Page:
In army-ruled Myanmar, Pro-democracy leader Aung San Suu Kyi called for freedom of speech. Get transcript of Aung San Suu Kyi's Freedom Speech.
After taking first steps back to freedom from seven years of house arrest, democracy heroine of Myanmar, Aung San Suu Kyi is eager to work with the generals who incarcerated her and fellow democratic system advocates in her first speech and she is promising to press ahead in her decades-long fight for political liberty. On Saturday, 13 November 2010, she was untied from house arrest. The military junta delivered a victory and backed for a party six days after Myanmar’s first election in 20 years.
Suu Kyi made clear, days after widely criticized elections that she faces a precarious position between the hopes of pro-democracy movement of the country and the realities of dealing with a clique of secretive generals, who have kept her imprisoned for much of the past two decades. After spending fifteen of the past twenty one years in imprisonment, for 65 years old, Suu Kyi, the speech sets the tone to re-engage with her supporters.
According to the Irrawaddy, Suu Kyi plans to pay attention to the views of her fellow citizens and push for national reconciliation in the country previously recognized as Burma, where 2,200 political prisoners are still behind bars. The military has ruled this Southeast Asian nation, once recognized as Burma since 1962, and leaving it remote from much of the international community and battered by poverty.
It has also turn into an increasingly important regional trading hub in recent years, and its natural gas reserves and hydroelectric potentials have taken it close to energy-hungry China and India. Suu Kyi spoke earlier Sunday to an ecstatic mass of as many as ten thousand people, who stuck the street in front of the office. Though, the speech was technically unlawful, any meeting of over a handful of people desires government permission in Myanmar, the authorities made no arrests.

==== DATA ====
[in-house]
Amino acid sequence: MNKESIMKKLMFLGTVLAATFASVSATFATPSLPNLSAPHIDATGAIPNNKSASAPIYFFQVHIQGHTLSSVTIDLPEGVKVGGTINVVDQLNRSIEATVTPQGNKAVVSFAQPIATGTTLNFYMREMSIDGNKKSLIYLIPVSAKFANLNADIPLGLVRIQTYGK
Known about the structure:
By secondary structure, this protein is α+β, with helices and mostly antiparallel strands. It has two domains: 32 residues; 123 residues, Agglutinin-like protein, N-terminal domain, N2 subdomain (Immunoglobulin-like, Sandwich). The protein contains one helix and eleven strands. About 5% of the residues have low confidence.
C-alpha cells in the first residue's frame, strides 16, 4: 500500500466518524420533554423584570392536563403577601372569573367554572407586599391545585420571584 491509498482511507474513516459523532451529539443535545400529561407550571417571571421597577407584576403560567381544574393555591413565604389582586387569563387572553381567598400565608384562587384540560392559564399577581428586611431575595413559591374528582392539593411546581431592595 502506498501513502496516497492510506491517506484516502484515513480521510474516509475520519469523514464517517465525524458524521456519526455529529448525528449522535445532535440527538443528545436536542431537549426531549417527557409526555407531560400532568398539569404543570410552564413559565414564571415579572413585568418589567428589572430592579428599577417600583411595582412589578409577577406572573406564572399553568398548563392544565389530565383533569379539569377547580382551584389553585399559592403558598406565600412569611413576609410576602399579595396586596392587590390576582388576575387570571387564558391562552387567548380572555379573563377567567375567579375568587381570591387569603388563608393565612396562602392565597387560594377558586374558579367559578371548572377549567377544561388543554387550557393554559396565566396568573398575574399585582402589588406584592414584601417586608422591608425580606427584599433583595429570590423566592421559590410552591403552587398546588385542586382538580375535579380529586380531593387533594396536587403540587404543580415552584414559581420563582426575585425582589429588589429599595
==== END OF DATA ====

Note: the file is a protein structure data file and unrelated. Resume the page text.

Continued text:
Suu Kyi told the crowd, "I believe in human rights and I believe in the rule of law. I will always fight for these things," and "I want to work with all democratic forces and I need the support of the people." She cautioned, "If we want to get what we want, we have to do it in the right way; otherwise we will not achieve our goal however noble or correct it may be".
Myanmar runs an online magazine based in Chiang Mai, Thailand, The Irrawaddy, according to it, Suu Kyi said in Yangon, Myanmar’s former capital, “I am prepared to talk with anyone,” and “I have no personal grudge toward anybody.” On Sunday, the Nobel Peace laureate told reporters in the dilapidated offices of her party, "I've always believed in compromise," and "I am for national reconciliation. I am for dialogue. Whatever authority I have, I will use it to that end ... I hope the people will support me."
Suu Kyi told BBC World Service radio in an yesterday, “I think we will have to sort out our differences across the table, talking to each other, agreeing to disagree, or finding out why we disagree and trying to remove the sources of our disagreement,” and “There are so many things that we have to talk about.”
Comment of Suu Kyi on free speech resounded in a nation, where each song, book, cartoon and planned piece of art needs endorsement by censors rooting out political messages and criticisms of Myanmar's authoritarian system.